Mish Mash – Podcast #4

In this month’s podcast we cover a range of topics. Charlotte discusses her journey to a zero waste lifestyle, we discuss various viral videos, composting, empties, popular toys, rage about plastic and much more. Enjoy!

Links:

Charlotte’s zero waste plan overviewDIY recycling; Walking stick that plants seeds; Tropiques Nord; Empties (Ontario); Composting (Montreal); LOL Dolls; Phone breaking (ugh); ISP snapchat: IncredSusPlanet

New Year’s resolution: this time, it’s for the planet

This year I will attempt to reduce my waste as much as possible, to near zero. In brief, this entails eliminating a different source of waste from my lifestyle every month. This means cutting out trash and minimizing recycling and mainly relying on composting for waste disposal by the end of the year. I will attempt to make my own hygiene and cleaning products in the following few months in efforts to eliminate my consumption of unnecessary packaging, as well as eliminating packaged foods, and disposable items, and taking advantage of second-hand items where possible.

I have decided to go zero waste because I care about the planet, but my actions were not reflecting this. The first world is centered around the high consumption of disposable products. It is not setup for zero-waste, but at the same time, it sort of is, you just have to be mindful of the items you consume. There is a tremendous amount of waste that is created by affluent societies. In fact, the average North American produces about 4 pounds (1.7 kg) of trash per day. Much of this waste is plastic, a demon in disguise. In many respects, plastic can be seen as a very useful material in the manufacturing and packaging of various goods, due to its versatility, durability and light weight. In other respects, it is an environmental terrorist, as it is made from oil, a high-carbon fossil fuel, is typically only used one time before it is thrown away, where it then can take hundreds of years to degrade once it reaches a landfill, and while it degrades, it releases toxic chemicals into the soils, oceans and freshwater systems, thus damaging ecosystems and harming those who depend on those ecosystems. The use of plastic in the manufacturing and packaging of goods has become widespread because its benefits have made it a cheap alternative to other resources, despites its unsustainable nature. This has allowed corporations to maximize their profits without any direct consequences. A decision such as this one is therefore deemed “near-sighted” or “short-term” as it does not take the long-term effects into account, destroying the integrity of the system and sacrificing long-term benefits and resource availability for short-term monetary and material gains. These short-term decisions promote economic and material growth and do not promote sustainability because simply because they are too focused on instant gains and neglect and externalize ecological effects and environmental degradation.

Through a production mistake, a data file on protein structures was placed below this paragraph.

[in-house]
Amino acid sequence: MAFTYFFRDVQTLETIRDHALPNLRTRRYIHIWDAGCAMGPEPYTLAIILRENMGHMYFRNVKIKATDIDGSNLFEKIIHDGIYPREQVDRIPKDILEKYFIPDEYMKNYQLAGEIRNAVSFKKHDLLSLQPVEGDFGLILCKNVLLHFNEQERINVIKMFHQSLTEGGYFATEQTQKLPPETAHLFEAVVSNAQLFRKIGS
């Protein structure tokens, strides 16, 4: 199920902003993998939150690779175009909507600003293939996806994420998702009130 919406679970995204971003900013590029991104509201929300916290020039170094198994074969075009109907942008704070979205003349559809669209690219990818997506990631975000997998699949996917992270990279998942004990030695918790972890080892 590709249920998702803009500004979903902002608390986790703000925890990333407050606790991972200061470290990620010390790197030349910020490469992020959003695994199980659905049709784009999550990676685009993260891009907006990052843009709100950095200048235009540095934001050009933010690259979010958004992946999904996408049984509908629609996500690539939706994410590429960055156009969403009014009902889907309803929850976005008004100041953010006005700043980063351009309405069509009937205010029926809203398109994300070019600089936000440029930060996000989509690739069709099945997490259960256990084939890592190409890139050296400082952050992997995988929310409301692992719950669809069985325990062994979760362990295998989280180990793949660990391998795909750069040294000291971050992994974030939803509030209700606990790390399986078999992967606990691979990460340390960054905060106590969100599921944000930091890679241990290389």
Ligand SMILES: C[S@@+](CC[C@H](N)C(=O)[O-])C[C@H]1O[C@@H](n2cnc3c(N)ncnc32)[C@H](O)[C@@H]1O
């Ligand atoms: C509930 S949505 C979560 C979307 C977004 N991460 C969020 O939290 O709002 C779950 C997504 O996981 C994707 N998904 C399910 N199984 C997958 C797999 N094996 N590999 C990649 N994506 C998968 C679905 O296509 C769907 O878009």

Changing and revamping government policies is only one part of the solution. Significant changes at the individual level, and changes in the way that we view the world are also essential to mitigating climate change, environmental destruction and resource depletion. At the individual level, we must switch from an anthropocentric world view (the earth is just a collection of resources there solely for human use) to a more ecocentric world view (we are part of the same environment as all other resources and living things and they must be protected and used responsibly). In the first world, people have fallen victim to consumerism, and are obsessed with the accumulation of trivial material objects to stop them from being bored. A paradigm shift is needed for the continuation of the human race because the current paradigm we live under has put us on the path to our own destruction. In other words, this over-consumptive and materially-driven society is fundamentally altering the Earth System in ways that compromise our own well-being. This is why reducing consumption and waste at the individual level is so important.

After all of that rambling, here is a brief overview of my transition to zero waste this year. I will attempt to eliminate the waste that comes from these following sources by either finding low-waste/waste-free alternatives or by making my own at home with minimal waste:

  • January: disposable coffee cups/drink cups, takeout containers and related waste.
  • February: packaged foods
  • March: Shampoo and soap
  • April: toothpaste and tooth brush
  • May: Household cleaning products
  • June: All forms of transportation that is not public or carpooling
  • July: Online shopping
  • August: Face wash, new makeup, hair products,
  • September: Lip balm
  • October: new retail items
  • November: facial tissues, paper towels, disposable napkins
  • December: other personal hygiene products

This list is by no means exhaustive, and I realize that as I go through the year I will find sources of waste that I missed and will then add it to this list. I’m also open to suggestions of things to add to the list and anyone who wants to tag along. I am also excluding any items that I have already purchased from this; for instance, I have a lot of packaged foods in my apartment already, but rather than letting them waste away I will still consume them, but then not purchase them again, since letting it go bad on purpose would be even more wasteful than just using it and accepting the waste.

Links to be updated as the year progresses (blog posts and videos):

Snapchat: IncedSusPlanet (for frequent updates)